Editorial: What is StuGov’s responsibility?


The ISD Editorial Board discusses Student Government’s response to two situations involving divisive tweets. 

Editorial Board

Editor’s note: This editorial has been updated with more accurate information. 

Before you get mad, take a breath and pause. What are you upset about? What can you do to change it?

Two weeks ago, Student Government released a statement regarding the tweets of a panelist whom they had invited to speak during Women’s Week. Iowa State University also released a statement regarding those same tweets as they related to the panelist’s position as a professor.

The statements are remarkably similar, with both including phrases that champion free speech while condemning actions that they see as counter to Iowa State values. The Iowa State Daily Editorial Board also agrees racism is wrong and free speech must be protected.

Notably though, the language used in each statement varies. For example, the university’s statement directly “condemns racism,” whereas the statement released by President Morgan Fritz uses the phrasing “disparaging comments about people on the basis of race” and “prejudice based on race or the color of someone’s skin is wrong.”

Does Student Government’s statement go far enough? Does the university’s statement go too far? That depends on your understanding of racism.

Regardless, it’s clear that something was said that some members of the Iowa State community felt needed to be addressed, and Student Government addressed it. But where was Student Government when ISU College Republicans tweeted out their post-apocalyptic warning to “arm up” — a tweet authored by Sen. Ryan Hurley — in response to a new U.S. president being elected? 

The answer: doing absolutely nothing. Though, not in the way you might be thinking and certainly not in the way people have responded to the recent statement by Student Government.

There’s a key difference between the two incidents and it all comes back to civics. Sen. Hurley is just that, a senator, and as such, is a member of the legislative branch of Student Government. Fritz and Schrader are the president and vice president respectively and lead the executive branch.

Women’s Week was put on by members of Fritz and Schrader’s Cabinet, making these tweets and the resulting situation their responsibility. How you feel about the action taken aside, it was their direct responsibility to do something.

If that’s the case, then why didn’t Student Government release a statement condemning Hurley and ISU College Republicans? Well, the legislative branch doesn’t release statements. They pass resolutions. Could they have passed a resolution to formally condemn his tweet? Absolutely. They could have even removed him from the Senate, but they did neither of those things.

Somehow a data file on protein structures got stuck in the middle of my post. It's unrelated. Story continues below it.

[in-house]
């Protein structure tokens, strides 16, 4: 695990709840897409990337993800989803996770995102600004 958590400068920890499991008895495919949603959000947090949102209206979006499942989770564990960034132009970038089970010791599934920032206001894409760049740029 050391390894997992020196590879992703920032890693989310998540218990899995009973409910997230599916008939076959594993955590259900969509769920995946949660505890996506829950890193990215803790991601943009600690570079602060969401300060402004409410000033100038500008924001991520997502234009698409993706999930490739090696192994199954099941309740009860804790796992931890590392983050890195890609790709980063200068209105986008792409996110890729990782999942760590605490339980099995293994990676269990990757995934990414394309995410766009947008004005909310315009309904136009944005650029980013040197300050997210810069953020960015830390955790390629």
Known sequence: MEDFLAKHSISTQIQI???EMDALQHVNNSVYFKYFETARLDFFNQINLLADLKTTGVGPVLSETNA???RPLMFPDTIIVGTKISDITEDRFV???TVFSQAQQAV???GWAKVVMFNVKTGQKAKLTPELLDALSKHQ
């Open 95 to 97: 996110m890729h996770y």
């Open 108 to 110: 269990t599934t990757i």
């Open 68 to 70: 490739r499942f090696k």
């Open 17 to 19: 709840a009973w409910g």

The Senate is not investigating if the content of Hurley’s delirious tweets warrant his removal. The Senate Rules Committee’s constitution and bylaws do not permit the removal of a senator based on speech or statements, only for failures to meet responsibilities and requirements. Be mad, and be very mad that a senator would encourage violence as a solution to what is clearly a nonissue. Be mad that the Senate, and the senators you elected, have continued to do nothing about it. The Iowa Federation of College Republicans even condemned Hurley and ISU College Republicans as not representing its values.

Be mad that Hurley would abuse the right to free speech as justification for saying something so counter to Iowa State’s values. Let’s be clear on this. Free speech is important and Hurley’s tweets are protected. But using free speech as an excuse to say whatever you want  — to say things that cause fear and upset among marginalized groups, in this case — isn’t what the Founding Fathers intended. Say something because it provides meaning and insight, not just because you can.

In the meantime: If you have a problem with the statement Fritz and Schrader released, please go talk to them. They are students, just like the rest of us. They will gladly share with you how and why they did things as they did. At the same time, schedule a meeting with one of the university’s lawyers regarding their statement. They will probably tell you nothing.

Don’t show up to a Student Government meeting and simply rant about why you are upset with a particular individual. Certainly express your satisfaction or dissatisfaction with actions taken or not taken — every student can, and should, speak directly to Student Government — but be productive about it. Grandstanding and complaining are only self-serving if you aren’t doing anything to change the situation.

Read something you strongly disagree with? Let us know. Did President Fritz do the right thing? If not, which part of her statement do you disagree with? Should the Senate do something about Ryan Hurley? Send a letter to the editor and we’ll publish your response to this editorial.